The fourth planet is called Mars. It has an orbital period of 687 days and a rotation period of 24.6 hours, so that a “Marsday” is only slightly longer than a day on Earth. Its thin atmosphere consists mostly of carbon dioxide and nitrogen, but this atmosphere is not identical to that of Earth.
There is frozen carbon dioxide and water ice at the poles, but no fluid water has yet been detected. However, some surface structures look like dry river beds and may indicate that fluid water was present some billions of years ago. It is not impossible that life has formed on Mars, too, but no clear evidence for life on Mars has been found yet.
Phobos and Deimos
Mars is orbited by two small moons, called Phobos and Deimos, with 8hour and 30hour orbital periods, respectively. Like the moon of Earth, their rotation is bound: Their orbital period equals their rotational period; they are rotating around themselves only by orbiting their planet and always show the same side to their planet.
The innermost four planets are also called terrestrial planets, as they are all made mostly of solid material like Earth (terra). Between Mars, the fourth planet, and Jupiter, the fifth planet, there is a large gap where many small bodies are orbiting the sun. These are called minor planets or sometimes planetoids, because they are physically like terrestrial planets; that is, they are rocky objects.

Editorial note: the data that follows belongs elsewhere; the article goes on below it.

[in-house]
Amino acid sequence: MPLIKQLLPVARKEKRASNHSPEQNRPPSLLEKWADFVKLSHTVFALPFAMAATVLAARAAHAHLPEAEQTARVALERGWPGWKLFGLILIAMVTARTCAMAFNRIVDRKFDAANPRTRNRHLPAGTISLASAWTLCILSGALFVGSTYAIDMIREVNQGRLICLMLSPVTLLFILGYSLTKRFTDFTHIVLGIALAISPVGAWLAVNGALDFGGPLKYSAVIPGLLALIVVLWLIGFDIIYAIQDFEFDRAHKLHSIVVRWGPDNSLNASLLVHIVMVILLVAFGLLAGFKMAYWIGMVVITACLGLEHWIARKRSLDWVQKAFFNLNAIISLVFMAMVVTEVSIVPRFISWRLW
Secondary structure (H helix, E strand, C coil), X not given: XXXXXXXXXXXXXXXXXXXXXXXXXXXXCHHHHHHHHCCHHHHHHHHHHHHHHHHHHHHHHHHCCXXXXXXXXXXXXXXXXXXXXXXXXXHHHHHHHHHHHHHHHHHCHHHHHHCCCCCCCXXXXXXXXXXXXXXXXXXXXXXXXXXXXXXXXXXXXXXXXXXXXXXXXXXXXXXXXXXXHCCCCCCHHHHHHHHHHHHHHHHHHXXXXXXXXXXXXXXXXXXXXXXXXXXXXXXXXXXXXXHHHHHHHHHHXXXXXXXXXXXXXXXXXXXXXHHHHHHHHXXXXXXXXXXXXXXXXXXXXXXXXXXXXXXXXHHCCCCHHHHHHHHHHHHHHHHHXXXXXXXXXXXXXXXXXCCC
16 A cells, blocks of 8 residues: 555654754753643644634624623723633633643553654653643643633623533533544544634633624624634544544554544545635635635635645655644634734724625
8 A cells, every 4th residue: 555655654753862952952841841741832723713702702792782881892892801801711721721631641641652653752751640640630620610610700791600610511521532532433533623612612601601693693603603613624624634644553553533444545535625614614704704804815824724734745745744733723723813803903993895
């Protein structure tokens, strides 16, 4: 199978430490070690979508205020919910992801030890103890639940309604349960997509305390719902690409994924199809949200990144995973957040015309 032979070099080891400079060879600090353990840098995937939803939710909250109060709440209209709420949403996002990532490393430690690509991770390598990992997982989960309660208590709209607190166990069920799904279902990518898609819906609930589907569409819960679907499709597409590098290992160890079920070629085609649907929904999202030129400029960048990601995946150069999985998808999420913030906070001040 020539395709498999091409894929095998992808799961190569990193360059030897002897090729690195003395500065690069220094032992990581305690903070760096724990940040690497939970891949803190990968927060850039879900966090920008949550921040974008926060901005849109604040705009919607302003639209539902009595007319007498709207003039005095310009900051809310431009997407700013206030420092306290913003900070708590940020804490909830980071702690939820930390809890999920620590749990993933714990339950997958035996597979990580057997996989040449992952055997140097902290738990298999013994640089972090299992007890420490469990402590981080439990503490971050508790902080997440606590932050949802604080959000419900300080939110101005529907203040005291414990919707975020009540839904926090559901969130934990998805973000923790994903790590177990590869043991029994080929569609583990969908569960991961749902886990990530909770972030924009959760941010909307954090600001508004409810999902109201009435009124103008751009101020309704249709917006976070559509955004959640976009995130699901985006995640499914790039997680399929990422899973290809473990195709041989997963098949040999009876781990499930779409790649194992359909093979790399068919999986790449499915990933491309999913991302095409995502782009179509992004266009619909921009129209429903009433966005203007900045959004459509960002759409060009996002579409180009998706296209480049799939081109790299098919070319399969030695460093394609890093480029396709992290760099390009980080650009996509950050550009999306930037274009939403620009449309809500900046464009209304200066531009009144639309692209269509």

They are also called asteroids, because in the sky they look like the stars looked when they were discovered, namely pointlike (as opposed to the planets of our solar system, which appeared to be extended on the sky even in nakedeye observations, because of their larger size and smaller distance from observers).
The four outermost known planets (Jupiter, Saturn, Uranus, and Neptune) all are larger in size than the terrestrial planets, mostly because of their large atmospheres and only small solid or fluid cores. (In the case of Jupiter, there may not even be a core at all.) Hence, they are called the “gaseous giant planets.”